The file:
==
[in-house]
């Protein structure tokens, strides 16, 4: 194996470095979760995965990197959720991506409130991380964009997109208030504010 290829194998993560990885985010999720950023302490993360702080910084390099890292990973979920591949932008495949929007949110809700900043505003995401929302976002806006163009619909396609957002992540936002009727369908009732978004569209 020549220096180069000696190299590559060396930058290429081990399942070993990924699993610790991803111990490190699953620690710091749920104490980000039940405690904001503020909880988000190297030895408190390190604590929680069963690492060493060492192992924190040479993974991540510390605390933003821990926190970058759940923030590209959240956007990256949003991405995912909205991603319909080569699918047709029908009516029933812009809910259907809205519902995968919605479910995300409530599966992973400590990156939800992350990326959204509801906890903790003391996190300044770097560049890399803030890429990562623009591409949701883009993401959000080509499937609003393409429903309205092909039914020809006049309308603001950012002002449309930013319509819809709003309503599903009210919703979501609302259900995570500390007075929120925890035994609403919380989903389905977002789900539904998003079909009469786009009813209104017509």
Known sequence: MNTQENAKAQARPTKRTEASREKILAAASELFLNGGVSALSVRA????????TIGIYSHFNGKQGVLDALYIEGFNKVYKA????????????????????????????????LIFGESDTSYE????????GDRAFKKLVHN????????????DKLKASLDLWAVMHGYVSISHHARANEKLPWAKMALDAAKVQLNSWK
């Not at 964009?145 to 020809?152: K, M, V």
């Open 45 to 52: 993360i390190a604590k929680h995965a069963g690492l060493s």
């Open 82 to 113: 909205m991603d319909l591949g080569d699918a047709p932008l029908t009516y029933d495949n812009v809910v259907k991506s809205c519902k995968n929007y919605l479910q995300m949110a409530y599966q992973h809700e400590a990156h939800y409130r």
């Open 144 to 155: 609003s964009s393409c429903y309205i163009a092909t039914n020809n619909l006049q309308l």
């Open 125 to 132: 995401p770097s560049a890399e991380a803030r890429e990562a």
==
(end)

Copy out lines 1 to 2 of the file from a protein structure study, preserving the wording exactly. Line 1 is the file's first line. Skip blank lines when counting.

[in-house]
């Protein structure tokens, strides 16, 4: 194996470095979760995965990197959720991506409130991380964009997109208030504010 290829194998993560990885985010999720950023302490993360702080910084390099890292990973979920591949932008495949929007949110809700900043505003995401929302976002806006163009619909396609957002992540936002009727369908009732978004569209 020549220096180069000696190299590559060396930058290429081990399942070993990924699993610790991803111990490190699953620690710091749920104490980000039940405690904001503020909880988000190297030895408190390190604590929680069963690492060493060492192992924190040479993974991540510390605390933003821990926190970058759940923030590209959240956007990256949003991405995912909205991603319909080569699918047709029908009516029933812009809910259907809205519902995968919605479910995300409530599966992973400590990156939800992350990326959204509801906890903790003391996190300044770097560049890399803030890429990562623009591409949701883009993401959000080509499937609003393409429903309205092909039914020809006049309308603001950012002002449309930013319509819809709003309503599903009210919703979501609302259900995570500390007075929120925890035994609403919380989903389905977002789900539904998003079909009469786009009813209104017509």